Some couples make it a rule not to talk about their jobs once they get home at night. But that's not easy when the two partners work together.
On the other hand, it's good to really know and trust the person one must rely on to get the job done every day.
We talked to three couples — Emily Mendell and Ian Healy of Handlebar Farm in Sebastopol, Graton artists Tony Speirs and Lisa Beerntsen and Francesca and John Vrattos, owners of Yanni's Sausage in Penngrove — who each have made their partnerships both personal and professional.
Here's a closer look at just how they make it work:
Now that they have a spring and fall season behind them, Emily Mendell and Ian Healy of Handlebar Farm in Sebastopol have a better idea of what their customers want them to grow.
Along the way, the couple has also picked up a few important lessons about how to manage a relationship when you're together around the clock.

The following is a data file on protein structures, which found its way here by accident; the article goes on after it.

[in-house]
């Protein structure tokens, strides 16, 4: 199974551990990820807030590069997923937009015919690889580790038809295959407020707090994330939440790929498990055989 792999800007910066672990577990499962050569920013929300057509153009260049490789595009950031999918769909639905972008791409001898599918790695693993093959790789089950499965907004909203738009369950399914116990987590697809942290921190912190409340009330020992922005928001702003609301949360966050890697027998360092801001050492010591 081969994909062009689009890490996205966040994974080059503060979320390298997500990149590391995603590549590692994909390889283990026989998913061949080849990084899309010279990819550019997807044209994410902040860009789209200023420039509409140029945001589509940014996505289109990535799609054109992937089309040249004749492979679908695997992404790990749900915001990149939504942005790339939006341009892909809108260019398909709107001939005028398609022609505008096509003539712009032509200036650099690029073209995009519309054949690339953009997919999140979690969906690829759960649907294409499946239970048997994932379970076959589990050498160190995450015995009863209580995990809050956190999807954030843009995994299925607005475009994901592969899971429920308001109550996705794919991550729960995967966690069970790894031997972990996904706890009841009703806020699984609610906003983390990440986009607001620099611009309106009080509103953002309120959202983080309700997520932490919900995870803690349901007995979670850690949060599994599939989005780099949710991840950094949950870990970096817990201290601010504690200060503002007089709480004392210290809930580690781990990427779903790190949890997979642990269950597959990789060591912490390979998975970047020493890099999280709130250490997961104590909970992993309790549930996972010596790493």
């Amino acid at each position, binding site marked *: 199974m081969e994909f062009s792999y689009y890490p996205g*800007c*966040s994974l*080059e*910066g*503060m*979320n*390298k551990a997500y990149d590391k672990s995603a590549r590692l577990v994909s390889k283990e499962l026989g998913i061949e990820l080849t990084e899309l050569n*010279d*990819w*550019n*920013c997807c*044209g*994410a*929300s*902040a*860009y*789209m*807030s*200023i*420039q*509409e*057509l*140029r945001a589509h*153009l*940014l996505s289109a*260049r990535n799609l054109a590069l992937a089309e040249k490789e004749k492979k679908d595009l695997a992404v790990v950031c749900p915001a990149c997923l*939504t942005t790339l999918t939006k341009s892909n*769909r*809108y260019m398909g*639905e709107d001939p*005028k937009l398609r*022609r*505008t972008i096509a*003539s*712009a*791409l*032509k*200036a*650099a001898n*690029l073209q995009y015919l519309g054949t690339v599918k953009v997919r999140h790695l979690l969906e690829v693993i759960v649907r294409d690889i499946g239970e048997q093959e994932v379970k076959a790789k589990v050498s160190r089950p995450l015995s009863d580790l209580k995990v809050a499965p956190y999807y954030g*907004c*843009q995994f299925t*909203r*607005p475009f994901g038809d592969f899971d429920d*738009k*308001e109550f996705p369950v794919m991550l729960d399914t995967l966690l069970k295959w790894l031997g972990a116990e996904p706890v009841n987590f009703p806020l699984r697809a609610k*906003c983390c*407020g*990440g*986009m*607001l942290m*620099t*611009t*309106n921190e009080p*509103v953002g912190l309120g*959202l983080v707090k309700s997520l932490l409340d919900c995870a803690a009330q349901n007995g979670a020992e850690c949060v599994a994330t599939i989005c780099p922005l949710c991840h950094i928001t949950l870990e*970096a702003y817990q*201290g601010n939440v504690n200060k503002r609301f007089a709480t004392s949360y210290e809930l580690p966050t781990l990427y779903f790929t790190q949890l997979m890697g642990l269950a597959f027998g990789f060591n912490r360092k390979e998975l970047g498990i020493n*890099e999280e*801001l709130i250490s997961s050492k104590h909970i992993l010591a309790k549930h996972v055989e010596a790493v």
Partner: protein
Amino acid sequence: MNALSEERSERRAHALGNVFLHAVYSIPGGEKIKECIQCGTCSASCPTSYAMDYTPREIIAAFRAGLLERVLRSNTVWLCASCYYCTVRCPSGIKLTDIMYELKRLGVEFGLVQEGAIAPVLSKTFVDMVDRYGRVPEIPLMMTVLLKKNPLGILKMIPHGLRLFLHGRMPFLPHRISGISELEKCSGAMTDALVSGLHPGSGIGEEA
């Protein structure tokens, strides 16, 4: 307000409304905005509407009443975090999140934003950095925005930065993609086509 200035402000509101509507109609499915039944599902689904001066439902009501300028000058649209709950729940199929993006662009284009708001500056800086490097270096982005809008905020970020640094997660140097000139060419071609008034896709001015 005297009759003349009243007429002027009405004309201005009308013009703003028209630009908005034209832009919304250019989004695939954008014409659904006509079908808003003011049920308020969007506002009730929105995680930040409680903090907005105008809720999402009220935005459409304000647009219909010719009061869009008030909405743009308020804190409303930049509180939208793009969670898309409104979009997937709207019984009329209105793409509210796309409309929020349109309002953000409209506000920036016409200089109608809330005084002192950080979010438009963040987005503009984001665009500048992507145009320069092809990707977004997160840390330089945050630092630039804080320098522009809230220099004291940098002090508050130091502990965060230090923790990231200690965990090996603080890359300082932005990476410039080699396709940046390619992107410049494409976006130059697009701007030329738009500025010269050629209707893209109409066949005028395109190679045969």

“The biggest thing that I have learned... is that it's best to not micro-manage each other,” said Healy, 29.
“We allow each other to work independently more than we used to, and we trust that the other person is perfectly capable of doing a good job.”
Although they both plant, weed and harvest the 2-acre vegetable farm, they have each developed their own areas of expertise.
A researcher and planner by nature, the 30-year-old Mendell is in charge of the planting schedule, including what varieties of seeds to plant when, ensuring that the farm has enough ripe produce to sell each week.
Whether it's a local restaurant account or Santa Rosa's West End Farmers Market, Healy serves as the face of the farm. Gregarious and outgoing, he delivers and sells the goods and keeps track of the farm's finances.
Although both were born and raised in the Midwest, the pair met while working together at Denali National Park in Alaska. Later, they moved to Bellingham, Wash., where they both got master's degrees in education.